Bashdar Ismail, an ex-commander of the 49th Brigade of the 12th Division of the Iraqi army, who now works with the Kurdish armed forces in Gwer, agreed with Murtke: “We have to differentiate among the people. I told many Kurdish reporters that Gwer belongs to both the Kurdish and Arab people.”
The Need for a Syrian Awakening To Defeat Terrorism
By Raghida Dergham
10 August 2014
Does the Islamic State of Iraq and Syria (ISIS) militant group constitute a radical shift in the history and the future of the Arab region, or is it a transient phenomenon, no matter how formidable it seems with its strength and its performance in the battlefields of Iraq, Syria, and Lebanon today? Obviously, trying to answer this question unleashes various theories regarding anything from the composition of this group to its ultimate fate.
Regardless, it is necessary for every “nurturing environment” in any Arab region to scrutinize the options available to it and to various players concerned with the emergence of ISIS and similar groups – be they supporters or opponents thereof. ISIS and similar groups could indeed be a transient phenomenon, but they are terrifyingly nihilistic and violent and they pursue an ideology that sanctions crimes against humanity.
ISIS is convenient for those trying to divert attention away from the atrocities committed by others, and it is useful – temporarily – for those who take advantage of its brutality to destabilize and subvert. Interestingly, ISIS in Syria is not quite the same as ISIS in Iraq, while the ISIS that reached Lebanon is more Syrian than Iraqi, in terms of its background and ambitions.
Some believe that ISIS’s choice of the Bekaa town of Arsal to declare its arrival in Lebanon, with a view to instigate sectarian strife, was “superficial.”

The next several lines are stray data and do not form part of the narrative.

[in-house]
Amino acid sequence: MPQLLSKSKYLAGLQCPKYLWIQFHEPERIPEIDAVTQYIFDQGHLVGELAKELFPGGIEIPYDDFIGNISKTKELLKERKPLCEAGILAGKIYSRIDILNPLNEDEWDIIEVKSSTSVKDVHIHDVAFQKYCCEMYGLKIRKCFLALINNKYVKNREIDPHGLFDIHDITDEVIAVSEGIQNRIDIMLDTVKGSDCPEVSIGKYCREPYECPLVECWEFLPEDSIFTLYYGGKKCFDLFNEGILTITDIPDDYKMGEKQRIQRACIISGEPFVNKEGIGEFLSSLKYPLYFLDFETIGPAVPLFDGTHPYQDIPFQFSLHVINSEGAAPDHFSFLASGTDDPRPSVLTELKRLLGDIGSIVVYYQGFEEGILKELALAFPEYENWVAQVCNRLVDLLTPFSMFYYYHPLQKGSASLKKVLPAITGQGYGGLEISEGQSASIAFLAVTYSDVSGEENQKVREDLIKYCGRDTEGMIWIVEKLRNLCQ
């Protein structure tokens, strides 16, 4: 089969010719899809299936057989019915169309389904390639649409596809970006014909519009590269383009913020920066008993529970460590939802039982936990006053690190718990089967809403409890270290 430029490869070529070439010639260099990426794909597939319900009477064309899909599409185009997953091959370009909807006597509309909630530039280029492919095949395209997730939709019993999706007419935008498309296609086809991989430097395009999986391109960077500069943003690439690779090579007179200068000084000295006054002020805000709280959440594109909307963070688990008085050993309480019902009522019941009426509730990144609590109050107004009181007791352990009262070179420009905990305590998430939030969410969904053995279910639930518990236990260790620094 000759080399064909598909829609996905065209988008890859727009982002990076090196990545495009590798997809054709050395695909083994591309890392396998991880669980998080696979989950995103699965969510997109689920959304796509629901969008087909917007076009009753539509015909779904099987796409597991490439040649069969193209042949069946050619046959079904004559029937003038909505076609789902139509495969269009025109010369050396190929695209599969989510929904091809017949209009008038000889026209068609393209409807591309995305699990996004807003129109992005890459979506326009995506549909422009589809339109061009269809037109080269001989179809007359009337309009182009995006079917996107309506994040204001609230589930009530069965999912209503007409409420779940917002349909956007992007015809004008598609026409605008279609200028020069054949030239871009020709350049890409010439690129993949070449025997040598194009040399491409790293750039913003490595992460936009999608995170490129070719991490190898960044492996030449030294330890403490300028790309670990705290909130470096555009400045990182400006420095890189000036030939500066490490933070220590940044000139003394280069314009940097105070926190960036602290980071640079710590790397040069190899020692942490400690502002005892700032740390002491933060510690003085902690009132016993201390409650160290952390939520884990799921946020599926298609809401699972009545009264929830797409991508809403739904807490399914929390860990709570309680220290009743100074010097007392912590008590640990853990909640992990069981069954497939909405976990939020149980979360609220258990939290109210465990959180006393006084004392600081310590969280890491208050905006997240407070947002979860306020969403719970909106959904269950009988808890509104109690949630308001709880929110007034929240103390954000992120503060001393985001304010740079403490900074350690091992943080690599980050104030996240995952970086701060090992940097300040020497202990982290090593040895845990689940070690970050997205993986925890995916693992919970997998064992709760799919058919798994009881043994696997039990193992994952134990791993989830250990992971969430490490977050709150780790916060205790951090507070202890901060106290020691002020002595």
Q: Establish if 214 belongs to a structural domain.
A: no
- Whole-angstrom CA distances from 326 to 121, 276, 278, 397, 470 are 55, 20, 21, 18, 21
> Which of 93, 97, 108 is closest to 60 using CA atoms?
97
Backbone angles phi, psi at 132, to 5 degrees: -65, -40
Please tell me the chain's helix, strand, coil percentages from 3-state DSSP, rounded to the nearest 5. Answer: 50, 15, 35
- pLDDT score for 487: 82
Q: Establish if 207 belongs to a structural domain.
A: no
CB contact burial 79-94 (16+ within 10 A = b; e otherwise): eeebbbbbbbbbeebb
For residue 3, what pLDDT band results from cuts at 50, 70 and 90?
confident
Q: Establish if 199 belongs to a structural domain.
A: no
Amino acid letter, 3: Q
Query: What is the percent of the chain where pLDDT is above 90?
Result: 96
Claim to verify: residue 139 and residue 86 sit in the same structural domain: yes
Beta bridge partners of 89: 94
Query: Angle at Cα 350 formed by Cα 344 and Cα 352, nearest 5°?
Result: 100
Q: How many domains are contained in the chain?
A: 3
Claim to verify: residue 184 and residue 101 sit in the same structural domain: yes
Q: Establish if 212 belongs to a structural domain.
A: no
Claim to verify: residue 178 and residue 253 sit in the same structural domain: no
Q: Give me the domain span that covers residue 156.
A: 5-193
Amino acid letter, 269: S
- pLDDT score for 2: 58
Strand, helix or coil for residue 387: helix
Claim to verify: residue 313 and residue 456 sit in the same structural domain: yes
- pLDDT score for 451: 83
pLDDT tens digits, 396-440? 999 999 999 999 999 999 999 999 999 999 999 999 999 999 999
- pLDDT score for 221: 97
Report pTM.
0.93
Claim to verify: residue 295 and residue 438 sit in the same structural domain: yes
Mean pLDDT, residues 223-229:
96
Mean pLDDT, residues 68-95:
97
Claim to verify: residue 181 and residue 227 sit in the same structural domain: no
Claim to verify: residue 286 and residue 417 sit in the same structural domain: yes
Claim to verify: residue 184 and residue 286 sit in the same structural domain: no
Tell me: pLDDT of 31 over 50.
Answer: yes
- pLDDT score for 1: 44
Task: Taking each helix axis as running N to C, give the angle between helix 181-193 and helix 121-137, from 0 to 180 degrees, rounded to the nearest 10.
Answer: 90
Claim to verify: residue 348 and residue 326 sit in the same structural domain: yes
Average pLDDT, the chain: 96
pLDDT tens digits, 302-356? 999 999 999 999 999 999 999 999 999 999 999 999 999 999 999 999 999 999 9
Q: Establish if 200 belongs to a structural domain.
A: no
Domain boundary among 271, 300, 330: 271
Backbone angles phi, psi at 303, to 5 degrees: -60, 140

These people indicate that Arsal is a Sunni town whose surroundings are Shiite, and that the incidents in Arsal have turned the entire public against the militants, especially after they clashed with the army and after Syrian refugees took part in the fighting alongside ISIS and al-Nusra Front against the people of Arsal who had sheltered them in their homes.
According to the people behind this view, the plan for Sunni-Shiite strife has no fertile ground in Lebanon. In effect, the fighting in Arsal this week “exposed” the plans for causing strife. Thus, ISIS and its ilk failed from the outset in Lebanon, because the Lebanese configuration itself is in such a way that every community is incapable of defending itself on its own. In other words, everyone protects everyone, and this is the most important recipe against partition and permanent strife.
Others see the issue from a political rather than a sectarian standpoint. They believe that there is a need to make a distinction between the "war on terror" and involving the Lebanese army in the war against ISIS, al-Nusra Front, and other Syrian opposition groups in support of Bashar al-Assad and his allies fighting in Syria, led by Hezbollah.